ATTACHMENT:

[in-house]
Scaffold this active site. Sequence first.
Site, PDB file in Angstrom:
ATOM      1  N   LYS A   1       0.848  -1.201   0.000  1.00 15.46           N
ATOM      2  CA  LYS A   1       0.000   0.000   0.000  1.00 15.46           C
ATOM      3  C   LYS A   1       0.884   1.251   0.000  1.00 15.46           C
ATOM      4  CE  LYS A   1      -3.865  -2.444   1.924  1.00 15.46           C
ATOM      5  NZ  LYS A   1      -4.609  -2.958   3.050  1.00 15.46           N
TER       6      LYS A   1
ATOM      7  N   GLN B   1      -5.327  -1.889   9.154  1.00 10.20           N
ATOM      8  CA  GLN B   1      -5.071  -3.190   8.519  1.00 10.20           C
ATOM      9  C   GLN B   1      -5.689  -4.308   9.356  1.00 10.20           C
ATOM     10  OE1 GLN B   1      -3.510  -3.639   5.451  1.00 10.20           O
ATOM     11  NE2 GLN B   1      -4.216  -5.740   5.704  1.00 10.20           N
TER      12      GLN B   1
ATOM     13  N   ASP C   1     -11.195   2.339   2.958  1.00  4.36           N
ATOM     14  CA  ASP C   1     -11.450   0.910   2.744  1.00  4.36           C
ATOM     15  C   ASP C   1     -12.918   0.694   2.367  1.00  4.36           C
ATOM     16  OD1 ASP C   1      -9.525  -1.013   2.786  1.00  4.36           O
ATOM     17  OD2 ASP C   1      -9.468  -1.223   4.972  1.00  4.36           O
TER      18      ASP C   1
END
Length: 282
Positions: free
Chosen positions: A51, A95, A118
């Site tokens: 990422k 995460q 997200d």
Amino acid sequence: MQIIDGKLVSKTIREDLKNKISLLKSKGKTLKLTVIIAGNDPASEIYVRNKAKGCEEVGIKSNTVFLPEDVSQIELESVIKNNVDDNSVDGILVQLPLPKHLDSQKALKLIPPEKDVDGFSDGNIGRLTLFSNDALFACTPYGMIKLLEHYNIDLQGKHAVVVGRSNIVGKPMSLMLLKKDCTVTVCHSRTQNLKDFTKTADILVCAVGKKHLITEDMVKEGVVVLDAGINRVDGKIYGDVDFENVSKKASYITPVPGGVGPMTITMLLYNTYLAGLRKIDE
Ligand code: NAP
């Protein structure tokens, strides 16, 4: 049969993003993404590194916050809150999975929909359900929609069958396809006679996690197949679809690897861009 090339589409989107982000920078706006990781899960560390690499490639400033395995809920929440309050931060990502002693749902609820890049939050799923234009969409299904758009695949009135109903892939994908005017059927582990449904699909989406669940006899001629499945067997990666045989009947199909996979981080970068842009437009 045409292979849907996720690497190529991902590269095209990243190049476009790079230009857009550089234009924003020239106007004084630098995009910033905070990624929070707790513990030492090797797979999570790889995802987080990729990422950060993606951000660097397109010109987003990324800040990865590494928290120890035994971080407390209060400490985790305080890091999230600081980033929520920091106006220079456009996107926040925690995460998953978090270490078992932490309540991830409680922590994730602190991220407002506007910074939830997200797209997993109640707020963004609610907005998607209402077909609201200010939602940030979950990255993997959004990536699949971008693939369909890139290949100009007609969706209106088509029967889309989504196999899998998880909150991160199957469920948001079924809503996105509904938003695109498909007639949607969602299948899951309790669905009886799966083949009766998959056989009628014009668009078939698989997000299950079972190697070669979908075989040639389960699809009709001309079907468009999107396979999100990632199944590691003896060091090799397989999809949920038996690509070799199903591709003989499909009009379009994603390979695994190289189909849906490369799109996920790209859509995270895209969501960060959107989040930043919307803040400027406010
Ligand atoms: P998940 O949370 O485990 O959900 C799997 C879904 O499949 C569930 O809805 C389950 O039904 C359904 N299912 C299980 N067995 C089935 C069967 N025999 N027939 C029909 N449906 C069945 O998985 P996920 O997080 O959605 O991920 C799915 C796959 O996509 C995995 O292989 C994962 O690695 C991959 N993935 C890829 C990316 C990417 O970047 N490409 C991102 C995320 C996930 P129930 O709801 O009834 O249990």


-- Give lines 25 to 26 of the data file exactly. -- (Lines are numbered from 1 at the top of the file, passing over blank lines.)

Chosen positions: A51, A95, A118
């Site tokens: 990422k 995460q 997200d």